The many frontiers of synthetic biology

May 1, 2015
This article appeared in Berkeley Engineer magazine, Spring 2015

From the astronomical …

Aerospace engineers working for NASA estimate that it will take 916 days for a manned spacecraft to get safely to Mars, complete a mission and then make the return trip, if launched from Earth with today’s technology. Most of the journey’s complexity stems from crew support. In order to decrease the load and propel a heavy, provision-laden craft across millions of miles, engineers are developing various Mars-based chemical and mechanical manufacturing techniques.     

Synthetic bio on Mars

Syn bio on Mars? Researchers say that manufacturing needed resources during missions will make deep space exploration feasible. (Illustration courtesy of the Journal of the Royal Society Interface)

Synthetic biology, specifically genetically engineered microbes that can act like the matter-converting replicators in Star Trek, offers much promise. Using basic biological processes to create material goods would enable space missions to become self-sufficient and reduce the mass of equipment and supplies compared to proposed abiotic techniques. On a mission to Mars, biology-based space manufacturing can lower payload by 26 to 85 percent, according to recent research published jointly by Berkeley engineers and NASA researchers.

“One goal of our paper is to advocate for an expanded role for synthetic biology in space science, with a view toward future mission deployment,” says Amor Menezes, a postdoctoral researcher at QB3, the UCSF-based California Institute for Quantitative Biosciences. Menezes is the lead author of a recent Journal of the Royal Society Interface article that featured space-made biologically produced fuel, food, plastics and medicine. Adam Arkin, professor of bioengineering and division director of physical biosciences at Berkeley Lab, along with two scientists from NASA Ames Research Center, co-authored the paper.

The researchers identified microbes that can be engineered to convert gases from the Martian atmosphere or a spacecraft’s waste stream into useful supplies. A methane-oxygen fuel blend can be produced by harnessing Methanobacterium thermoautotrophicum, a single-celled organism common in sewage treatment plants and hot springs; cyanobacteria, such as Arthrospira or Synechocystis, can make spirulina food or the painkiller acetaminophen; and construction-grade biopolymers needed for 3-D printing replacement parts can be engineered from a soil bacteria, Cupriavidus necator.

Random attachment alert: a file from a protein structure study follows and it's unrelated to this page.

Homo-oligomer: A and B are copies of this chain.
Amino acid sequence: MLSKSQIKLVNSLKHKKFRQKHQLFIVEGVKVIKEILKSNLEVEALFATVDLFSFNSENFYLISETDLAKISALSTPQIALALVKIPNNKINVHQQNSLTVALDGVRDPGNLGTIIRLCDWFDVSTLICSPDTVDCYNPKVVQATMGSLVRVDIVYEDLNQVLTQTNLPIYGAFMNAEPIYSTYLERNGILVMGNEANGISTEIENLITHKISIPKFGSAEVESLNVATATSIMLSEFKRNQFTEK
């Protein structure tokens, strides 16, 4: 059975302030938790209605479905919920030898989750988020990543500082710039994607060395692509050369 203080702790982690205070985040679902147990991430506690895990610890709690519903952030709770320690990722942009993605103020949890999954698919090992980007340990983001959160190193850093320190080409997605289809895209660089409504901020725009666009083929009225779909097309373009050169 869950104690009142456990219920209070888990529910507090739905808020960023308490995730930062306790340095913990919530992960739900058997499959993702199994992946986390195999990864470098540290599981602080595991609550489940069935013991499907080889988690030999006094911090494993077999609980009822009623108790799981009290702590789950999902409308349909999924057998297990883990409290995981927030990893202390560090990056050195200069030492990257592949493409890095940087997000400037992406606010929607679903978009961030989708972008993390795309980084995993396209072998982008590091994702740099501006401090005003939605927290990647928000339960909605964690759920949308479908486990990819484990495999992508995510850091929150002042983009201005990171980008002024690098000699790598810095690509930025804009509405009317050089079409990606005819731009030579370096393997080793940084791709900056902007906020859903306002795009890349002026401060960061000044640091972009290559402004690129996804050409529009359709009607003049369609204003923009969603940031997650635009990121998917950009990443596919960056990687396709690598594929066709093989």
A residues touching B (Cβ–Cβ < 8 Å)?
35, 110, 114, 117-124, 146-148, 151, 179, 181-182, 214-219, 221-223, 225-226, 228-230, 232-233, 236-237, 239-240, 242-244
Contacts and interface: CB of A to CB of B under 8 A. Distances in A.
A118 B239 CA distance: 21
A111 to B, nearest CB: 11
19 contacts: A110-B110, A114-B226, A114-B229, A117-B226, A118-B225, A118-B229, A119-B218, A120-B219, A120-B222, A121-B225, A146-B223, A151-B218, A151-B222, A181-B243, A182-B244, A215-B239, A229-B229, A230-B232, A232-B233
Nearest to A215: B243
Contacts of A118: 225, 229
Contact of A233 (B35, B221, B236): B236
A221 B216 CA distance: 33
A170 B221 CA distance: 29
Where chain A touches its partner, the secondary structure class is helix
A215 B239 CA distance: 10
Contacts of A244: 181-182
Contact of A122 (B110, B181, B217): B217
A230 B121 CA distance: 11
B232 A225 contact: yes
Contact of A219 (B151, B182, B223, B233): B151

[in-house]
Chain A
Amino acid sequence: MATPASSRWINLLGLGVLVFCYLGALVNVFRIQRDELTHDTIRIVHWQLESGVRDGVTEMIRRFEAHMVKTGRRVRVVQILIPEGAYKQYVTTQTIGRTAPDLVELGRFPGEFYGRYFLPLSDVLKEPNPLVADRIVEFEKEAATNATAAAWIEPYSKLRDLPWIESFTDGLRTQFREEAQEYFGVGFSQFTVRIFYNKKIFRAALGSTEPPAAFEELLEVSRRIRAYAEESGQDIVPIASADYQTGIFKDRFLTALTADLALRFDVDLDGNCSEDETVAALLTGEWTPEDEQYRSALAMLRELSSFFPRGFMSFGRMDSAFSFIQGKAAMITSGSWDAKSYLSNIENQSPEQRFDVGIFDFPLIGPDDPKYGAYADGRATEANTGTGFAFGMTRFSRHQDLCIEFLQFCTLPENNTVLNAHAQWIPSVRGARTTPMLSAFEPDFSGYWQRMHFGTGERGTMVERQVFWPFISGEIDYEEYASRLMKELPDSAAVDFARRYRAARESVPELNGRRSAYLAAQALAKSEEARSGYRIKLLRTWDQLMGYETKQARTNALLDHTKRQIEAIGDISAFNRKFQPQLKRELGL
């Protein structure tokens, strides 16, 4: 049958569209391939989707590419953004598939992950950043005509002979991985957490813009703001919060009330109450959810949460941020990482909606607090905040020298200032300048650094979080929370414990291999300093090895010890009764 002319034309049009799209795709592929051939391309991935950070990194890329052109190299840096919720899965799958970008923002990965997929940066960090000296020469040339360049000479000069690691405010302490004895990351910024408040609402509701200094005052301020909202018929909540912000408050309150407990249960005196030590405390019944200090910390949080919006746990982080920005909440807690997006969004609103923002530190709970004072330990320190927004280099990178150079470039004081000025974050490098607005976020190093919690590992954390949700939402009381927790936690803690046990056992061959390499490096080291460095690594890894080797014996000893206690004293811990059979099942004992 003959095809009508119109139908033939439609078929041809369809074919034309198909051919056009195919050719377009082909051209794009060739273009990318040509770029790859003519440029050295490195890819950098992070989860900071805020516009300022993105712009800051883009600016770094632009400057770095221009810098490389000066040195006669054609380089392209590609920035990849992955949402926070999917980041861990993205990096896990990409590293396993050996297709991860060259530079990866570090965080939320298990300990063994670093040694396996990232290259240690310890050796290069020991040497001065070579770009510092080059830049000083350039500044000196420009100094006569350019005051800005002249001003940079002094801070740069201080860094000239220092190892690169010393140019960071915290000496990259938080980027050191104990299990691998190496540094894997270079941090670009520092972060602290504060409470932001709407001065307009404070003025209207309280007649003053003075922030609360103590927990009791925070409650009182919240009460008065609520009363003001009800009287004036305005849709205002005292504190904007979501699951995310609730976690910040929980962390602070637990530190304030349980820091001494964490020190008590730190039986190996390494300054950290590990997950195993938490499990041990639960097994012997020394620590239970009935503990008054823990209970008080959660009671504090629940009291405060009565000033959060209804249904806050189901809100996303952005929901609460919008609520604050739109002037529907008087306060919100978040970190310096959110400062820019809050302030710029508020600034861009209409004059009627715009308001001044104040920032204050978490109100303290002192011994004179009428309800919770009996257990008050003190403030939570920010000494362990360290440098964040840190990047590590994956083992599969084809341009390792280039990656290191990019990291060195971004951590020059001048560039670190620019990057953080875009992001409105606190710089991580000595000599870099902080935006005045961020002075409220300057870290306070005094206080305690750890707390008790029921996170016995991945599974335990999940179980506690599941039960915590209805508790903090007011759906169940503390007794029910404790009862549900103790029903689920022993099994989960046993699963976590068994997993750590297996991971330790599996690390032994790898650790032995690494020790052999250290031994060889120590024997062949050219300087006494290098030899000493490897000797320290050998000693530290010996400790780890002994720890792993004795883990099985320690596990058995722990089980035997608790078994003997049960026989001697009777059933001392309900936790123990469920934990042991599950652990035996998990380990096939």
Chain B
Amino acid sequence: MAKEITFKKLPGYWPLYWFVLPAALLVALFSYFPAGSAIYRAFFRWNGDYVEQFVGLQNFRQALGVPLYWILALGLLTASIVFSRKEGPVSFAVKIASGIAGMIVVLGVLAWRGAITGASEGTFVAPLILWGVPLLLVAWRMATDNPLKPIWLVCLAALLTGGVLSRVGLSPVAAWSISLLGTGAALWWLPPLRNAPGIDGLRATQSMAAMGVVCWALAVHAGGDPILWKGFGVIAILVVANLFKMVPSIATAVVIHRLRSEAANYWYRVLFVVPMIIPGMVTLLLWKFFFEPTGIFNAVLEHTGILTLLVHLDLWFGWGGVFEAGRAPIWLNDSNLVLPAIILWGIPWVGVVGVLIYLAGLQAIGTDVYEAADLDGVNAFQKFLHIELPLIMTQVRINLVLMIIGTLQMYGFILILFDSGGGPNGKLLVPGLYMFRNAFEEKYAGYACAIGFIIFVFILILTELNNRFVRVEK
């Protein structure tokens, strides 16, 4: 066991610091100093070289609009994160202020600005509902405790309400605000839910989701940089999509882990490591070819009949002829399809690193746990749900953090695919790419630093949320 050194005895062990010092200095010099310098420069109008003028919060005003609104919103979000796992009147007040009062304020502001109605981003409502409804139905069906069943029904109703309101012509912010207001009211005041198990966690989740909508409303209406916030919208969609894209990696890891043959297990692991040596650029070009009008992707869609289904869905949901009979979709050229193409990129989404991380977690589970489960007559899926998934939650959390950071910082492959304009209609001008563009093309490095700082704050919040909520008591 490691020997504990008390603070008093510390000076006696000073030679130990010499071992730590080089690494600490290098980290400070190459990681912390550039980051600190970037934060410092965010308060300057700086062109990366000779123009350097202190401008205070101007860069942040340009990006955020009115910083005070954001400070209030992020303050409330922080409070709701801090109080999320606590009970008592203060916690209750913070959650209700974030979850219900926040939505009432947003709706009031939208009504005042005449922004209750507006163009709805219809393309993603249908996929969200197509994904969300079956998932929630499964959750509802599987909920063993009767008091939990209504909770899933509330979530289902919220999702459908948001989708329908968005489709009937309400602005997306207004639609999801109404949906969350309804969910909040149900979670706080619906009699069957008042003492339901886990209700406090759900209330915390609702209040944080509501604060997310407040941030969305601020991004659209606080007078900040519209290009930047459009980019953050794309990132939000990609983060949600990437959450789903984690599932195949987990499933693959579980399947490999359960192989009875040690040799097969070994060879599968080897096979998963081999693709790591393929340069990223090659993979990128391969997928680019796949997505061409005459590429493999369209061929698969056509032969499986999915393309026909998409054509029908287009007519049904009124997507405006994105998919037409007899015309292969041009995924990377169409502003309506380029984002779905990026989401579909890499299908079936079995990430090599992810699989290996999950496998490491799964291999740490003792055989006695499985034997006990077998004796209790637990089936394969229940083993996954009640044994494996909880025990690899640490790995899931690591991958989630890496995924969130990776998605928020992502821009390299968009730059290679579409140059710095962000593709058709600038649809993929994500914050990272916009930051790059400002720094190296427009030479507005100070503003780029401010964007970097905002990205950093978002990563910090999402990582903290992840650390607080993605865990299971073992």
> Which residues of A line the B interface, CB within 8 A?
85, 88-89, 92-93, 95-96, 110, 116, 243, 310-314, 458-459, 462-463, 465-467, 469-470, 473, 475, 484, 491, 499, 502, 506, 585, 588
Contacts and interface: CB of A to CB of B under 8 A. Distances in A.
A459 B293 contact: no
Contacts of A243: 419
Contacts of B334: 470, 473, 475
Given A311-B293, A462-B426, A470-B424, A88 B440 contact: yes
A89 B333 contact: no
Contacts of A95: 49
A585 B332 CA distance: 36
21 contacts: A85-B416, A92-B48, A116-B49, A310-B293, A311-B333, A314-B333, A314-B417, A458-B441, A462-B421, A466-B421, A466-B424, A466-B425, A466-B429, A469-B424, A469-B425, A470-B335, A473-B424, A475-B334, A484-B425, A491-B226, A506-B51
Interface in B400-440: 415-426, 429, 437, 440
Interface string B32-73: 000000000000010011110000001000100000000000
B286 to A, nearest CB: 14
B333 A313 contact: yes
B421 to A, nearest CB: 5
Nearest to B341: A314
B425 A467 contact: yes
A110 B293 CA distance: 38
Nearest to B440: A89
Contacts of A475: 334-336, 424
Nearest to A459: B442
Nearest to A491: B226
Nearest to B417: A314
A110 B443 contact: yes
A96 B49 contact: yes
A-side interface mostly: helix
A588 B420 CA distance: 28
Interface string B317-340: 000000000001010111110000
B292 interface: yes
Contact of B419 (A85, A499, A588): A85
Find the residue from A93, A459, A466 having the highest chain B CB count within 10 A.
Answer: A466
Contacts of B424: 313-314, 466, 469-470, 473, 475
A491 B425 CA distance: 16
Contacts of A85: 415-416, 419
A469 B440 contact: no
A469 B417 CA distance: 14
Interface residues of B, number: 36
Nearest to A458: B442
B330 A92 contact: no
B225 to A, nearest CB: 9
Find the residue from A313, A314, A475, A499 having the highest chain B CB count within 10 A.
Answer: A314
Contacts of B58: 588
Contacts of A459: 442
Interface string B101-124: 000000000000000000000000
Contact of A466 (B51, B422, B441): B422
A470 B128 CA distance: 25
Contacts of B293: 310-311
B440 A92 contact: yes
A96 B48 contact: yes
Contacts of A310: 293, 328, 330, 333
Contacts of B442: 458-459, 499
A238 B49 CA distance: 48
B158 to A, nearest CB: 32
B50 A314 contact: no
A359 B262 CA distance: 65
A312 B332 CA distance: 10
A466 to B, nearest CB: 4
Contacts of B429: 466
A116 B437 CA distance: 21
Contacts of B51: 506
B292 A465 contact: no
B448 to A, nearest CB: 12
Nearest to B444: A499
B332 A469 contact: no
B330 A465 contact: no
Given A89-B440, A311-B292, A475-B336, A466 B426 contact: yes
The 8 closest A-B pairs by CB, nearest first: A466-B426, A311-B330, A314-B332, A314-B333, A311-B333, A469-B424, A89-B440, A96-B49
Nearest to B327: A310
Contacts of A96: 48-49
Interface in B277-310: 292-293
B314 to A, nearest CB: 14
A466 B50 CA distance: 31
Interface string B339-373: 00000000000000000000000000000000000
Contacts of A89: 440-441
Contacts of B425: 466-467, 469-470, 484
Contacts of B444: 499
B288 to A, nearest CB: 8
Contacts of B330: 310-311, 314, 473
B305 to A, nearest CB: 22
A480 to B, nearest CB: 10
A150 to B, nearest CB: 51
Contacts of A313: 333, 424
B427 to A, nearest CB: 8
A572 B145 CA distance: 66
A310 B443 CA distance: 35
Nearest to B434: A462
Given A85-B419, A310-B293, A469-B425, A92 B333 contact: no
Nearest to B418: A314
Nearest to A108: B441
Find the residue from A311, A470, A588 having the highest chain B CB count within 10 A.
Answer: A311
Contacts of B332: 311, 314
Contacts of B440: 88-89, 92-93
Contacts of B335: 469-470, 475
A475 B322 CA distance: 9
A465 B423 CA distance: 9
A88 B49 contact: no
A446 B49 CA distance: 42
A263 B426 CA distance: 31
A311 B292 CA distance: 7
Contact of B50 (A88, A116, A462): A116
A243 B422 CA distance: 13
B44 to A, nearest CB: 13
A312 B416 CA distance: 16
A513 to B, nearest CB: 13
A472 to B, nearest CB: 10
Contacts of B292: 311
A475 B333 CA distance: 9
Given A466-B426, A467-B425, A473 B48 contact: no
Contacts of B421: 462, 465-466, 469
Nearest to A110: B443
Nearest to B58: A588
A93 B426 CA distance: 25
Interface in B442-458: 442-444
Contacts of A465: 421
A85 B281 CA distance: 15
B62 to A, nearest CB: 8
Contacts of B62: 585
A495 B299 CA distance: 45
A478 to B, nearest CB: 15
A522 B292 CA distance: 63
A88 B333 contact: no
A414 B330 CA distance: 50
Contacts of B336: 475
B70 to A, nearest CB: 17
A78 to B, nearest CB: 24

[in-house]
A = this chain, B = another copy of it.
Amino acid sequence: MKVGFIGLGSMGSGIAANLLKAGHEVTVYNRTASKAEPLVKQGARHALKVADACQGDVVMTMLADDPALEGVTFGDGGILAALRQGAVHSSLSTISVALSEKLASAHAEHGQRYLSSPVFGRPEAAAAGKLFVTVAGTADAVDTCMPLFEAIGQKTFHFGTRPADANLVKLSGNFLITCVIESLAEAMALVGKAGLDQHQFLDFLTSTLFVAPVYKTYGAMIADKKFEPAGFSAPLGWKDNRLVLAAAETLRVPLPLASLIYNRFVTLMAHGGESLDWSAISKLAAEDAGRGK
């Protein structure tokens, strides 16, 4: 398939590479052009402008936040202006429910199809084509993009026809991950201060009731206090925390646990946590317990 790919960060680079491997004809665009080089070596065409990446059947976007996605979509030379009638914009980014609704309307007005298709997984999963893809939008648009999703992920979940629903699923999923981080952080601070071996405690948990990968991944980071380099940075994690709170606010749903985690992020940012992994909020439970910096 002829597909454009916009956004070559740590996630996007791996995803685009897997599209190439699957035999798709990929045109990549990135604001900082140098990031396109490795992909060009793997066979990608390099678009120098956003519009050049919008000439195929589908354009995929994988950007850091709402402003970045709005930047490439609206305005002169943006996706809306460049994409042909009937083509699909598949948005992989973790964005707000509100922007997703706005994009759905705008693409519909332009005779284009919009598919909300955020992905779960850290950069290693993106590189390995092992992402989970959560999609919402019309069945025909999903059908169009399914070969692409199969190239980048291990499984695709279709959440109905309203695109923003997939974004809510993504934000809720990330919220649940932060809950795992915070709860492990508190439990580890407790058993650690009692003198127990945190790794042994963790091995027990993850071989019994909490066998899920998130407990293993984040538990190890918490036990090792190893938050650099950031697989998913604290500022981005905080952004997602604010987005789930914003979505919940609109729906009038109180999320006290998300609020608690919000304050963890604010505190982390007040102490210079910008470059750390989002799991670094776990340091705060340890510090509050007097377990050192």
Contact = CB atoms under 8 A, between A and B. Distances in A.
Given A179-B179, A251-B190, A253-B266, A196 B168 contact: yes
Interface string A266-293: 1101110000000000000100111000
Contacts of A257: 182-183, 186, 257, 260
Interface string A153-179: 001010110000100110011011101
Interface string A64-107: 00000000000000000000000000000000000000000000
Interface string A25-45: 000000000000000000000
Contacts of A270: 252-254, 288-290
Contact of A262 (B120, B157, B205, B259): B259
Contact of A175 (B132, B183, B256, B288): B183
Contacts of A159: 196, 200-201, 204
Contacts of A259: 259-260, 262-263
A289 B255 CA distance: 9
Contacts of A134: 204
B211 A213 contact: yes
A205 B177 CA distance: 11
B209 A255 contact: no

“Space synthetic biology is truly groundbreaking. Abiotic technologies were developed for many, many decades before they were successfully utilized in space, and biological technologies like synthetic biology are only now seeing development efforts,” Menezes says. “So, of course these technologies have some catching-up to do when utilized in space. But it turns out that this catching-up may not be that much, and in some cases, the technologies may already be superior to their abiotic counterparts.”

… to the anatomical

Rather than gazing out across the heavens, bioengineering professor Sanjay Kumar has focused his attention inward. By engineering proteins inspired by the structural components of nerve cells, Kumar and a team of postdoc researchers are creating a smart coating that can be used in biological sensors, valves, drug delivery systems and medical diagnostic equipment.

Back on earth, researchers are building syn bio versions of neurofilaments. (Photo by Dan O’Shea)

“This work represents a unique convergence of the fields of biomimetic materials, biomolecular engineering and synthetic biology,” Kumar says. “We created a new class of smart, protein-based materials whose structural principles are inspired by networks found in living cells.”
Kumar and his team sought to create the biological equivalent of synthetic polymer brushes that are used in a variety of products, such as paint and cosmetics, to keep small particles from glomming together. They were inspired by neurofilaments, proteins that form the main structural networks within certain nerve cells. 

The surfaces of individual neurofilaments are coated with protein “bristles” that act like polymer brushes. The bristles can form a stable network, which can prop open the nerve cell and allow electrical signal conduction.

Kumar’s team engineered a version of these bristles that could be bacterially synthesized in large quantities, purified and assembled with precise orientation on surfaces. The bristles expanded and collapsed dramatically if the salinity or acidity of the surrounding solution was changed, making them a sort of “smart” material. They are now actively exploring the properties and applications of the new biological materials. “We showed that our ‘protein brush’ had all of the key properties of synthetic brushes, plus a number of advantages,” Kumar says.